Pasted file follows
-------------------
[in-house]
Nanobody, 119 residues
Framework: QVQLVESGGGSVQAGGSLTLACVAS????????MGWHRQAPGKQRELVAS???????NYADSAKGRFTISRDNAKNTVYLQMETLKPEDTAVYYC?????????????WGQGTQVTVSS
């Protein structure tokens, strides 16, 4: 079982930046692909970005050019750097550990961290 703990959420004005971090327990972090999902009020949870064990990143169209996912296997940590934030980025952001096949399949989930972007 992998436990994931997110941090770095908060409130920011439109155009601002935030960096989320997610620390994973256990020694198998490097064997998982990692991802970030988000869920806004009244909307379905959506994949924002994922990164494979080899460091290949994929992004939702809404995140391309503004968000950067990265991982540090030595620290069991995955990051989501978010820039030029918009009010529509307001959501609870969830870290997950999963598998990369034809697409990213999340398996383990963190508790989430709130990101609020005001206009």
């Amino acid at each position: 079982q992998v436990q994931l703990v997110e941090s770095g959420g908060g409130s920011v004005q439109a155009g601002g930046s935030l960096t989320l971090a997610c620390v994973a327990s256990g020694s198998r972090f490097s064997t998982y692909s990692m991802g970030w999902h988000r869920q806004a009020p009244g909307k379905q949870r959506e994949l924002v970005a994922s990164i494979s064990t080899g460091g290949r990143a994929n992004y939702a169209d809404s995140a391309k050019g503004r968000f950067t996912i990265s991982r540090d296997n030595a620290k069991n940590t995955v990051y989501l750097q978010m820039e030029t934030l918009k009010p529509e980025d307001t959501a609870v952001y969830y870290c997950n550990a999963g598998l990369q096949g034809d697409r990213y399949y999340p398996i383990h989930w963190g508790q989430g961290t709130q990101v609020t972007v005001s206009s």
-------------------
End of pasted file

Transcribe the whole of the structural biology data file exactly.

[in-house]
Nanobody, 119 residues
Framework: QVQLVESGGGSVQAGGSLTLACVAS????????MGWHRQAPGKQRELVAS???????NYADSAKGRFTISRDNAKNTVYLQMETLKPEDTAVYYC?????????????WGQGTQVTVSS
């Protein structure tokens, strides 16, 4: 079982930046692909970005050019750097550990961290 703990959420004005971090327990972090999902009020949870064990990143169209996912296997940590934030980025952001096949399949989930972007 992998436990994931997110941090770095908060409130920011439109155009601002935030960096989320997610620390994973256990020694198998490097064997998982990692991802970030988000869920806004009244909307379905959506994949924002994922990164494979080899460091290949994929992004939702809404995140391309503004968000950067990265991982540090030595620290069991995955990051989501978010820039030029918009009010529509307001959501609870969830870290997950999963598998990369034809697409990213999340398996383990963190508790989430709130990101609020005001206009």
């Amino acid at each position: 079982q992998v436990q994931l703990v997110e941090s770095g959420g908060g409130s920011v004005q439109a155009g601002g930046s935030l960096t989320l971090a997610c620390v994973a327990s256990g020694s198998r972090f490097s064997t998982y692909s990692m991802g970030w999902h988000r869920q806004a009020p009244g909307k379905q949870r959506e994949l924002v970005a994922s990164i494979s064990t080899g460091g290949r990143a994929n992004y939702a169209d809404s995140a391309k050019g503004r968000f950067t996912i990265s991982r540090d296997n030595a620290k069991n940590t995955v990051y989501l750097q978010m820039e030029t934030l918009k009010p529509e980025d307001t959501a609870v952001y969830y870290c997950n550990a999963g598998l990369q096949g034809d697409r990213y399949y999340p398996i383990h989930w963190g508790q989430g961290t709130q990101v609020t972007v005001s206009s």